What’s the best lightweight OS that can share files with Windows and run a web browser?

Sean Fischer May 4, 2012
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I’m looking for a very lightweight OS that I can install on an older computer that I am currently using as a network media player. Hard drive space isn’t an issue, its the processor and ram that is out of date on this computer.

Currently I have Windows 7 installed with every bell and whistles turned off, but it is hideously slow. The reason I like Windows 7 is because the File Sharing within the Homegroup quickly updates and never seems to have trouble connecting.

Essentials:
————–
-Needs to be able to play shared network files. All types of videos and audio. Currently VLC works perfectly.
-Needs to be able to run a internet browser. Ideally this would be chrome.
-Needs to be fast and lightweight.

Optionals (Would be nice to have, not needed):
————————————————————–
-Windows IR Media Center Remote support.
-Wireless mouse / keyboard support.
-Spotify
-iTeleport (http://www.iteleportmobile.com/)
-Beautiful intuitive interface (I have many technically ‘slow’ friends using it)

What I’ve looked into:
—————————-
– Jolicloud | http://www.jolicloud.com/ | Too social for me, this is a shared computer, don’t need it for anything but casual internet and media.
– xPUD | http://www.xpud.org/index.en.html | Looks like it just is a browser? No networked media support
– Splashtop | http://www.splashtop.com/os | I don’t see anything about shared medai support, I have a hipster hate attitude towards Bing and IE
– Damn Small Linux (DSL) | http://www.damnsmalllinux.org/ | Looks like file sharing is hard to set up, couldnt find any info about it.
– Puppy Linux | http://www.puppylinux.com/ | Again, couldnt find info about streaming from shared network source
– Chromium / Chrome OS | Couldnt find a good build.. dont even know if this should be considered?

Thanks for any help!

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  1. Declan Lopez
    July 25, 2012 at 7:02 pm

    Ubuntu 12.04

  2. Dwayne Eybel
    May 13, 2012 at 12:09 pm

    ReactOS. It's lightweight, only needs 256MB RAM, 400MHz processor, and it is 100% binary compatible with Windows. No need to find programs that will run on it. You can install your favorite Windows software and it won't notice the difference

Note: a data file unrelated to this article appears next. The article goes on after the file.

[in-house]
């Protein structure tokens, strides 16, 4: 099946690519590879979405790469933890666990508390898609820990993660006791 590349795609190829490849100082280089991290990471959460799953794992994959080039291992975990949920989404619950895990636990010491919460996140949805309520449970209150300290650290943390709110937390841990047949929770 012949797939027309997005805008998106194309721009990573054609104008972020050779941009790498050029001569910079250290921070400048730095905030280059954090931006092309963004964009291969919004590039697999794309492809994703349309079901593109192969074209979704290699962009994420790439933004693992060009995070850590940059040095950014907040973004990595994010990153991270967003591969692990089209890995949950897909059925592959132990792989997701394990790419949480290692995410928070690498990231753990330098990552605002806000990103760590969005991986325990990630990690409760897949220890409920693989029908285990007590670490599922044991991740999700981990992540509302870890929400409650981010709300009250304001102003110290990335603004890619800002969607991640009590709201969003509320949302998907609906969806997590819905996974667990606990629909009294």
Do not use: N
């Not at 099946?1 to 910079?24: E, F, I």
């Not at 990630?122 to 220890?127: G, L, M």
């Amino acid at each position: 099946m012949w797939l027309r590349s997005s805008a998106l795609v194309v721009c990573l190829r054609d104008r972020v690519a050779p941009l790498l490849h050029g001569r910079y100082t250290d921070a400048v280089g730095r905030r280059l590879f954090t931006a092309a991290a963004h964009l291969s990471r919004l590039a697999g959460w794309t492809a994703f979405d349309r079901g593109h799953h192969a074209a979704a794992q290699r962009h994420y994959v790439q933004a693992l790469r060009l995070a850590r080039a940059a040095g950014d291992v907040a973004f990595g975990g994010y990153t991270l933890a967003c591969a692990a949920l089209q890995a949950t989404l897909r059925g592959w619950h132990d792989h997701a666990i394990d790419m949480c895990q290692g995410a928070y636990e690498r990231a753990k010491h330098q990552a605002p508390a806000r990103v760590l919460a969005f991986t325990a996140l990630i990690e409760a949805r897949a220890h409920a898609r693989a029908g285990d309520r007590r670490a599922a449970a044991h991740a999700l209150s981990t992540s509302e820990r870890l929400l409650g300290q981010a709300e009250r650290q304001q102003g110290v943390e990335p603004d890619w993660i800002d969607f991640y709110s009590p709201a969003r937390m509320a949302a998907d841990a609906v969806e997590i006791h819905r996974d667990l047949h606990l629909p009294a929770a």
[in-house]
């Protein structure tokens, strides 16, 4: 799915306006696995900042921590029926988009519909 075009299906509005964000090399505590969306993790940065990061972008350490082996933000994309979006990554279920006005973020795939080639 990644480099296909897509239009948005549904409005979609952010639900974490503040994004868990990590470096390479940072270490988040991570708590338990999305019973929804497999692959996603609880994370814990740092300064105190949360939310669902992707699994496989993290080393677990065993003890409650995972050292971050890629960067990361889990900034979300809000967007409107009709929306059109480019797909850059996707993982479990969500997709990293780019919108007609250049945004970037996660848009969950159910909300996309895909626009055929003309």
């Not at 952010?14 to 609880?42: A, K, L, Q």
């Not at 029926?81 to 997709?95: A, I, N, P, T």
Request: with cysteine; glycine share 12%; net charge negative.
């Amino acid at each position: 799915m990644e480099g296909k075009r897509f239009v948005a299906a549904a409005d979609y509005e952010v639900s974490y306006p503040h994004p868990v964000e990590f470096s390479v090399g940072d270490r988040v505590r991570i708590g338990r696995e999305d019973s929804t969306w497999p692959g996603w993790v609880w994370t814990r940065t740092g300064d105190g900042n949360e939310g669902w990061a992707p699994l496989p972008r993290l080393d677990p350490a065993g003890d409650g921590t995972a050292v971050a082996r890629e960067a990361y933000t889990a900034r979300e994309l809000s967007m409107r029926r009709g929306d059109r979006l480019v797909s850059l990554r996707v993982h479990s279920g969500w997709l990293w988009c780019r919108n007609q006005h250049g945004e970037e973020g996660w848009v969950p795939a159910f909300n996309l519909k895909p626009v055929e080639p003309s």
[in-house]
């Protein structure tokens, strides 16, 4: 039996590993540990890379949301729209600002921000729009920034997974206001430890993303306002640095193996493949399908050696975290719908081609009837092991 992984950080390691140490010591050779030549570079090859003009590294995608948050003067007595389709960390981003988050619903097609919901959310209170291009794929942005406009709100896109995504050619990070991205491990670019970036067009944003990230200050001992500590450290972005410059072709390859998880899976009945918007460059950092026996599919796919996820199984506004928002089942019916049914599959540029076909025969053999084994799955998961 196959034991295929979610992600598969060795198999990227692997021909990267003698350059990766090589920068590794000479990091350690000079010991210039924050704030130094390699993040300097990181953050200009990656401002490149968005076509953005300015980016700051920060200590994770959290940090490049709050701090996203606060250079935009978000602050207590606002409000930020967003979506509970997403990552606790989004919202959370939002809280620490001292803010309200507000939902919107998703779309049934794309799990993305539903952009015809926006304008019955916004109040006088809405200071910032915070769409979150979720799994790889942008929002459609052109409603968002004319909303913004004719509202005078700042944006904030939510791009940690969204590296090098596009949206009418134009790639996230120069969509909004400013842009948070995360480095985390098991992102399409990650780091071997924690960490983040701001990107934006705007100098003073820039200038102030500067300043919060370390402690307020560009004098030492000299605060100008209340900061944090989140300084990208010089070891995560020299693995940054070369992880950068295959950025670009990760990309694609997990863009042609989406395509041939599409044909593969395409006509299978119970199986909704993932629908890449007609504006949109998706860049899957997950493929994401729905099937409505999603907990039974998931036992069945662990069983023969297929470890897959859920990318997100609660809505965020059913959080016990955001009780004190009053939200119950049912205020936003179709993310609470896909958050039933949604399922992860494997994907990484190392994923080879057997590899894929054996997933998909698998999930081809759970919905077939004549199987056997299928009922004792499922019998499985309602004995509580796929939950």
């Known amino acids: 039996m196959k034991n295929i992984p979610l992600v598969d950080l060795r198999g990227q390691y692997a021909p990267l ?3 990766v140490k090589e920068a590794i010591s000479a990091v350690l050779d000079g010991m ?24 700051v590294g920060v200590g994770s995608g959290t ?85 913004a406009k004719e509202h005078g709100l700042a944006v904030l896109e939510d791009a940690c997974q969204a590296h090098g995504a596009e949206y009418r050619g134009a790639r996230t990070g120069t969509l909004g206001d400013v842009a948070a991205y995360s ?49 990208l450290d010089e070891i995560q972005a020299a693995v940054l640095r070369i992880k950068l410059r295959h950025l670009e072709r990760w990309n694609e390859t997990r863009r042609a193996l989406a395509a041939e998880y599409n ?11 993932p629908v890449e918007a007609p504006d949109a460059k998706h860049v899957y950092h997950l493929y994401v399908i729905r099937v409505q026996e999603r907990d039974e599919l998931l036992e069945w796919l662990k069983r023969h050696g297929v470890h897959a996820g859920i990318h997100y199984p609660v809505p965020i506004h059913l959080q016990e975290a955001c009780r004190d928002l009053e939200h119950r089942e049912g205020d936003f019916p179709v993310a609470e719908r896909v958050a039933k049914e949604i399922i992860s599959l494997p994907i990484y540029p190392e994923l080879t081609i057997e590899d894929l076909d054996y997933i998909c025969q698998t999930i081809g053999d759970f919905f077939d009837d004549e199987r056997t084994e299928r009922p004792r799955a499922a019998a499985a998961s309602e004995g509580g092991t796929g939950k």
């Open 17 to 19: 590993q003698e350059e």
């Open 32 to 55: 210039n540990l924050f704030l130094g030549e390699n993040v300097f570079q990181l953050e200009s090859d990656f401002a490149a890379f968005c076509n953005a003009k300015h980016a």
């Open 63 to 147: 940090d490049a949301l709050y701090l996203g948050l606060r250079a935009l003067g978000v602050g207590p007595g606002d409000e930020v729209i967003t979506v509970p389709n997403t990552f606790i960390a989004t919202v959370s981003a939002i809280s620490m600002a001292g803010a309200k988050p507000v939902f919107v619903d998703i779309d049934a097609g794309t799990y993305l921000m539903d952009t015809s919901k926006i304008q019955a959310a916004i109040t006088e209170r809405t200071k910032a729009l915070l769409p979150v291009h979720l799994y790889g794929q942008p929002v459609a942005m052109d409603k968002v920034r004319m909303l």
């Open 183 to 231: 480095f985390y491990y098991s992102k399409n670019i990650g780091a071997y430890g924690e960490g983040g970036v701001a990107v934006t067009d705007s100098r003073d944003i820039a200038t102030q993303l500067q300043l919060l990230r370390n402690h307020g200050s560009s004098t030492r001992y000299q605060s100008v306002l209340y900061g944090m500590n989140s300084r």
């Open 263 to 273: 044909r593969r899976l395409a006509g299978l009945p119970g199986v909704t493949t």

3. Barrie Thomas
    May 8, 2012 at 8:25 am

    Have you looked at Legacy OS? Designed to run very well on older hardware and supports VLC for media requirements.

    • Sean Fischer
      May 10, 2012 at 5:00 am

      Ill take a peek! Thanks for the suggestion.

  4. Bruce Epper
    May 8, 2012 at 8:23 am

    What kind of machine is hosting your media files that you want to share? Is it just sharing the files on a network share or is it a true media server? Is it running Windows? What version?

    • Sean Fischer
      May 8, 2012 at 1:02 pm

      It's just a windows 7 computer with a shared folder. I don't really know what constitutes a true media server, but I'm sure my current setup isn't one. This might be something I look into changing, as the price of hard drives are getting amazingly cheap, and I have a spare box lying around. Does anyone know I an article that could get me started building a true media server?

      • Bruce Epper
        May 10, 2012 at 4:58 am

        Set up your server using this guide http://go.microsoft.com/fwlink/?LinkId=165681 which will allow your Win7 box to share files and folders with pre-7 compatability (SMB shares). By doing this, all you need to do with any Linux distro is make sure that it is running SAMBA so it can connect with those shared folders and access the files. You will need to set your security options appropriately with regard to what machines and users can access the files.